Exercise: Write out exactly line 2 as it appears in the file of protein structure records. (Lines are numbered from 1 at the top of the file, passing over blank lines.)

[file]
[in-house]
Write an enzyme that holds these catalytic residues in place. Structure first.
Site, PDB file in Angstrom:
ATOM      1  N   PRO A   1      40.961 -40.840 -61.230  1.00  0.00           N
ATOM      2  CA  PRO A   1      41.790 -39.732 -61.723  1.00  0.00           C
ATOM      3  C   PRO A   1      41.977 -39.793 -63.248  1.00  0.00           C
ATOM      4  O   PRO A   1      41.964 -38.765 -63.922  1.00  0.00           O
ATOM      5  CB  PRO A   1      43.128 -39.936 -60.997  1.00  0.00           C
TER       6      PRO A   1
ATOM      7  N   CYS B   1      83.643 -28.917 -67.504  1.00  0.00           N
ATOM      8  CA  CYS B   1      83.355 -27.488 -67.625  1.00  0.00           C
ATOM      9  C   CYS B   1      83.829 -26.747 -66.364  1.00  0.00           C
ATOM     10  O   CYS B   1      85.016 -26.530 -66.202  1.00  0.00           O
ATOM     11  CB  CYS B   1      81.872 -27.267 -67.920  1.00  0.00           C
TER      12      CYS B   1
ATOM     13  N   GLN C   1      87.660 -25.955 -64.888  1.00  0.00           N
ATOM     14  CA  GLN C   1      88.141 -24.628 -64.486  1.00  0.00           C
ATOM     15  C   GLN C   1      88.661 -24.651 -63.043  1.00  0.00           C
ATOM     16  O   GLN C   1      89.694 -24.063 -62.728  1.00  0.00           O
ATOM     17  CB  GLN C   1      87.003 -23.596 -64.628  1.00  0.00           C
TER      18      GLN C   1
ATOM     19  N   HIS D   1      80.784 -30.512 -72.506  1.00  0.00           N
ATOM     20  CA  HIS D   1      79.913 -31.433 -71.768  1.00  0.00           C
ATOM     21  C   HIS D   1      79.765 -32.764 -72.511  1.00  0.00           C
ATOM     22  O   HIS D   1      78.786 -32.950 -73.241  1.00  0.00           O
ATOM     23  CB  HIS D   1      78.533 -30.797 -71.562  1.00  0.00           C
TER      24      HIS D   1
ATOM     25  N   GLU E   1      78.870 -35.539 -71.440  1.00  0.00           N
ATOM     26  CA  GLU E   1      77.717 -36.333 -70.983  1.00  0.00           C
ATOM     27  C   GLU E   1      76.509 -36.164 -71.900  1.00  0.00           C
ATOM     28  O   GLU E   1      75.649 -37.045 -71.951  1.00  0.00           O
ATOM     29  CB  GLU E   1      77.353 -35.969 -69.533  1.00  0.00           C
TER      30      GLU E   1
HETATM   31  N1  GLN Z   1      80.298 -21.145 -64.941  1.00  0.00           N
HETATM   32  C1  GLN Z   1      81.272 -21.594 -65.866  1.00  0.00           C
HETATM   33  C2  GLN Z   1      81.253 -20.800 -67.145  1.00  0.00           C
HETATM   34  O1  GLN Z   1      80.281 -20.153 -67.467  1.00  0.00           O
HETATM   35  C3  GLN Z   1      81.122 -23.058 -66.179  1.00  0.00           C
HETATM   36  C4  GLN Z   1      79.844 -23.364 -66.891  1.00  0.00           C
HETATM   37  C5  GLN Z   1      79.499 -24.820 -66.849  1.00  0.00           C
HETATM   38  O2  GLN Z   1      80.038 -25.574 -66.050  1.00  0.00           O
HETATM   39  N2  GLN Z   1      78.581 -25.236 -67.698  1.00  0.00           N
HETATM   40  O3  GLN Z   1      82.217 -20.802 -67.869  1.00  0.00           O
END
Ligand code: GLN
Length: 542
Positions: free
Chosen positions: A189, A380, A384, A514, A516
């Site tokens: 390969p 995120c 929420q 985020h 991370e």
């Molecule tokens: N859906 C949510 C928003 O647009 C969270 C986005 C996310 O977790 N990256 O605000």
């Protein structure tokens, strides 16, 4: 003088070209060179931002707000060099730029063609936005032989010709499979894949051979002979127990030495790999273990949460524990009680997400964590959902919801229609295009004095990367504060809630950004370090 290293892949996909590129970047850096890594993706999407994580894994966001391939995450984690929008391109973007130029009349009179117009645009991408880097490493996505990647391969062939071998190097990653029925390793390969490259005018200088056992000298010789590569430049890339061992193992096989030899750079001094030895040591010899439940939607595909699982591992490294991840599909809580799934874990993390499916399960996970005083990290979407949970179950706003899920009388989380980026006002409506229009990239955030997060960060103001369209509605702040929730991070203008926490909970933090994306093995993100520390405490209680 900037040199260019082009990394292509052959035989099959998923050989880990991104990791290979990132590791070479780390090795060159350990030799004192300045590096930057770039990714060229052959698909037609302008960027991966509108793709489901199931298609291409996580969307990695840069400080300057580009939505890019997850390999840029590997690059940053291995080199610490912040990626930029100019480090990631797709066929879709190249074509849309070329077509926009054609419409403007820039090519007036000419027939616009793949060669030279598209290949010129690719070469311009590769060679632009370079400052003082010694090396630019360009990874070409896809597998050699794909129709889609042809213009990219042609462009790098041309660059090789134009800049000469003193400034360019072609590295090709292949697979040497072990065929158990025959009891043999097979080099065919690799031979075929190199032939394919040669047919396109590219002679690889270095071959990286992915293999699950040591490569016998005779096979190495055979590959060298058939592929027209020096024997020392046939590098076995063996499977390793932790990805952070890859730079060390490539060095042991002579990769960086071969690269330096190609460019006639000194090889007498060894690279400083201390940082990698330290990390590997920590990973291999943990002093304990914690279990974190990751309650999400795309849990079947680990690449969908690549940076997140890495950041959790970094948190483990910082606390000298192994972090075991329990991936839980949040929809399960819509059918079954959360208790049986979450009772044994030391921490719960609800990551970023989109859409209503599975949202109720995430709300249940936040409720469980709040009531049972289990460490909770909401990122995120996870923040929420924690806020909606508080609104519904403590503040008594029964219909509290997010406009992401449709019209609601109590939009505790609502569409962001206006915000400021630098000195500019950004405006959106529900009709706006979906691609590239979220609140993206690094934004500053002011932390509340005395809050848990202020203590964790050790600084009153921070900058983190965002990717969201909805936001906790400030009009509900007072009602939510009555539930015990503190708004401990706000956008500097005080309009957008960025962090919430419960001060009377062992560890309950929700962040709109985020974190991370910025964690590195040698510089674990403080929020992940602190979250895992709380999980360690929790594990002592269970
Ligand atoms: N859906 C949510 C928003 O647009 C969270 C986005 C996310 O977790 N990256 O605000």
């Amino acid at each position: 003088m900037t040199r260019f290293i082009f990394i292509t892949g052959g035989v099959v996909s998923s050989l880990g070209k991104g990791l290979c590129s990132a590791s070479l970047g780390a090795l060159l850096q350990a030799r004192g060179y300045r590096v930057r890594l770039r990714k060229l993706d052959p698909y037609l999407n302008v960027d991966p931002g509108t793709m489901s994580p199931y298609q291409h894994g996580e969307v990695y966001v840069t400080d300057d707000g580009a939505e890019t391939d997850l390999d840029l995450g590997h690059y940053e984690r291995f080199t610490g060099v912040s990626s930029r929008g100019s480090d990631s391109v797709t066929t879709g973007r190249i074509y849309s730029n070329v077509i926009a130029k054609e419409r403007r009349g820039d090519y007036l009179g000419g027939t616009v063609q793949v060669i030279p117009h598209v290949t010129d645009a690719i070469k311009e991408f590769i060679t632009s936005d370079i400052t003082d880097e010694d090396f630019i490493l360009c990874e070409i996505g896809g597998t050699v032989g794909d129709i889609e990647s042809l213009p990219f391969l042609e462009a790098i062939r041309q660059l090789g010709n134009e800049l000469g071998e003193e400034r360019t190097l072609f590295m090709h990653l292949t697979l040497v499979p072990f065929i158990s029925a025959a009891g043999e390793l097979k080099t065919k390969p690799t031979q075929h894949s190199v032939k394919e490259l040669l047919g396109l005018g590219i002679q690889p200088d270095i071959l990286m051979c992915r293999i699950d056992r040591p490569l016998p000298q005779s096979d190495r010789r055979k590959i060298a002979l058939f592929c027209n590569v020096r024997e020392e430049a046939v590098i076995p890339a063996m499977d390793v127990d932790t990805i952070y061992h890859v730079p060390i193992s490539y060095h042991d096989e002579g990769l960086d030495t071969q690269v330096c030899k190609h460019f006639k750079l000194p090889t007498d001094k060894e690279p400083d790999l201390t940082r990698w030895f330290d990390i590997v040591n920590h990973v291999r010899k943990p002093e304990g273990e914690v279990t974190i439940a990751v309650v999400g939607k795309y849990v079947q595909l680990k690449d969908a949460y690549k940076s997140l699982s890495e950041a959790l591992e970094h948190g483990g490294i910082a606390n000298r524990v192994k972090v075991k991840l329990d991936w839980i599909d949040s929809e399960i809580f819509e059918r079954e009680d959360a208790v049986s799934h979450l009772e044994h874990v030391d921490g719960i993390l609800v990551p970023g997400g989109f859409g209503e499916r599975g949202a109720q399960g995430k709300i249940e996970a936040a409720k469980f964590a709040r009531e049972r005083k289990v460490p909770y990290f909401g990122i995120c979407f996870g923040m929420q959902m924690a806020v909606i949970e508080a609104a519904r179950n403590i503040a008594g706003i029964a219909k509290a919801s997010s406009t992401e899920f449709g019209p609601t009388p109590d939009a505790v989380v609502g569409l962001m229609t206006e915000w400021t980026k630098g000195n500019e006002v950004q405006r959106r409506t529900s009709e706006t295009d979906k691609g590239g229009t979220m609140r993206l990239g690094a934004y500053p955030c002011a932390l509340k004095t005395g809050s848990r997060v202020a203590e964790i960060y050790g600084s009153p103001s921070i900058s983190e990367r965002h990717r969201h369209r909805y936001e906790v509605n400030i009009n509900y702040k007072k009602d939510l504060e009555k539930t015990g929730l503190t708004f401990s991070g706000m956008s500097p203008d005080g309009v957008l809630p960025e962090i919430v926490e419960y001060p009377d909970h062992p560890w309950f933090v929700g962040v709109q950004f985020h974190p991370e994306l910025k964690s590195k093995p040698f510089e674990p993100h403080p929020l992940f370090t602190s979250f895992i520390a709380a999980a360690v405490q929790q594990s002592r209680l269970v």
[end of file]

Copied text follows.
Write an enzyme that holds these catalytic residues in place. Structure first.